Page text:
Big bash on tap as Michelle Obama turns 50

The first lady plans to celebrate the occasion with ‘Snacks & Sips & Dancing & Dessert.”

STATESMAN WASHINGTON BUREAUJanuary 17, 2014 

She’s musing about becoming a grandmother and not ruling out plastic surgery as she turns 50 on Friday. But Michelle Obama can still “shake a tail feather” and plans to as she celebrates the milestone the next day at the White House.

The invite to “Snacks & Sips & Dancing & Dessert,” obtained by a hometown newspaper, the Chicago Tribune, which says guests have been told to wear comfortable shoes, practice their dance moves and eat before arriving.

The White House wouldn’t divulge details, but it coyly tweeted a picture this week of the first lady and the president cutting the rug in the White House, along with the words “Let’s dance.” Reporters at the White House on Thursday spotted boxes of champagne arriving.

Longtime pal Donna Brazile told the Tribune Obama’s expecting to lace up her dance shoes. “That woman can still shake a tail feather,” she said of the first lady.

Obama offered a hint during a recent visit to the Children’s National Medical Center in Washington when a 12-year-old — and fellow Capricorn, the first lady noted — asked how she planned to celebrate.

Obama acknowledged that she’d be turning “50 and fabulous.” As for the party, “I’m not exactly sure yet what I’m going to do,” she said. “But it might involve some dancing.”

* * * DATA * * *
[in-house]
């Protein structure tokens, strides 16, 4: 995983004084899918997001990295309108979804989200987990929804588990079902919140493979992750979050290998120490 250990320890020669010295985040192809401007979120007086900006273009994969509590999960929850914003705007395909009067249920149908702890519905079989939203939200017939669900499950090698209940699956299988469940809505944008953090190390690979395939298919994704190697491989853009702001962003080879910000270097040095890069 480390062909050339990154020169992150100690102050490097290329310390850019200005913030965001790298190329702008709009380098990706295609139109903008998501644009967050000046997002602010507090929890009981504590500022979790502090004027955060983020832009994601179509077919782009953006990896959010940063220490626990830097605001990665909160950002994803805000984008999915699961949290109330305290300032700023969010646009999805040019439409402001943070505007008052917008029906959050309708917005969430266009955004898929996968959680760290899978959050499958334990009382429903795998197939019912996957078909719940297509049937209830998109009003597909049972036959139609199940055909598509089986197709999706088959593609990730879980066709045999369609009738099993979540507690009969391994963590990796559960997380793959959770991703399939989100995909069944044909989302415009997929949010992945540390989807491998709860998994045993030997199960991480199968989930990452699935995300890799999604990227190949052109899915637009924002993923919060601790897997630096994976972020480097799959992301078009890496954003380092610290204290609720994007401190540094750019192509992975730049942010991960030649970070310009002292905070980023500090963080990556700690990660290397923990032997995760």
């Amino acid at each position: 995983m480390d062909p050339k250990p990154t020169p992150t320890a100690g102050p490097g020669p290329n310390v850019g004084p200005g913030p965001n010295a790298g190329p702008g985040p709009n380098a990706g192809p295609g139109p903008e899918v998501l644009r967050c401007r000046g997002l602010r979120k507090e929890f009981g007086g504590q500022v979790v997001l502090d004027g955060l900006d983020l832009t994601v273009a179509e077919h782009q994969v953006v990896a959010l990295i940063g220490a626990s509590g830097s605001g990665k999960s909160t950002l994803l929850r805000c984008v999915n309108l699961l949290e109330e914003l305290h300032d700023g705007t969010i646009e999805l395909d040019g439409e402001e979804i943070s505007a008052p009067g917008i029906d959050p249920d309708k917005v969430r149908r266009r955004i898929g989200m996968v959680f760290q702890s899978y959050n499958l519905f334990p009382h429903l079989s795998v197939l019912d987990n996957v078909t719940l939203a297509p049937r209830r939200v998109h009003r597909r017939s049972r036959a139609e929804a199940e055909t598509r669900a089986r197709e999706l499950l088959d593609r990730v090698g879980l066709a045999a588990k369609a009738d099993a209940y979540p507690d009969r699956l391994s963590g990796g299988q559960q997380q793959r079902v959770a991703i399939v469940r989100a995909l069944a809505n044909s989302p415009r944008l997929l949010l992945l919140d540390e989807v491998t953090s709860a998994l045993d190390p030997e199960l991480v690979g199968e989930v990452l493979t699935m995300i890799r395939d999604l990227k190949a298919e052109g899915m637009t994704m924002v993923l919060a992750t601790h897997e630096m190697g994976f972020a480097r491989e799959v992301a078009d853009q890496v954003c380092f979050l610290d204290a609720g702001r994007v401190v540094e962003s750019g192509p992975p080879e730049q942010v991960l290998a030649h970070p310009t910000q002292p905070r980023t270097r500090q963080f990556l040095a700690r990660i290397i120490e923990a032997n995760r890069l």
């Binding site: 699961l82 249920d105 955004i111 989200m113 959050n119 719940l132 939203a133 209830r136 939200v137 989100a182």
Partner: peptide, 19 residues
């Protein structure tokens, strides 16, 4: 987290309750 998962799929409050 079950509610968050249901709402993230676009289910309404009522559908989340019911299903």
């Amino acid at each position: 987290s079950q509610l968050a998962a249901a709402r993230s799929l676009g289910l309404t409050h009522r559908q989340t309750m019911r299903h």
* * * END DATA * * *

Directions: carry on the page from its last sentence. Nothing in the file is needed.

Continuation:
The White House has sought to swat down rumors fueled by a British tabloid that British crooner Adele and Obama’s pal Beyonce — whose husband, Jay Z, was to perform in Washington on the eve of Obama’s birthday — will sing at the private party.

The celebration isn’t the first first lady birthday bash to raise eyebrows.

Mamie Eisenhower’s 1956 birthday party at the White House was nationally televised on CBS — just weeks after her husband announced his bid for re-election. That prompted squawking by Democrats, who viewed the show as a presidential campaign ad.

Hillary Clinton’s 50th birthday in 1997 was a multiday celebration, a bit of a “blowout,” wrote Carl Anthony, a historian for the National First Ladies Library. Nearly 500 people attended the private birthday party on the White House’s South Lawn, which was outfitted with a tent “decorated with a motif to reflect each decade of her life,” The Associated Press said at the time.

Obama has already started celebrating. She stayed in Hawaii after the rest of the family returned to Washington from winter break; reports said she spent time at Oprah Winfrey’s Maui home.

Etiquette experts told The Washington Post that the invitation to the party — with its eat-first instruction — is “a bit unusual” and breaks with protocol.

For Obama, who remains more popular than the president in polls but has often been a lightning rod for conservatives, the controversy that a presumably posh party has engendered is almost to be expected.

“No matter what she does seems to be savaged,” said Robert Watson, a professor at Florida’s Lynn University who studies the presidency and first ladies.

“Critics will have a field day, from questioning how much it will cost to watching A-list celebrities walk through the door.”

But in her husband’s last term and hitting the half-century mark, Obama is coming into her own as first lady, balancing a tricky public and private role, he said.

“It’s difficult to pull off, and I believe she’s done a better job than just about any first lady before her,” Watson said.

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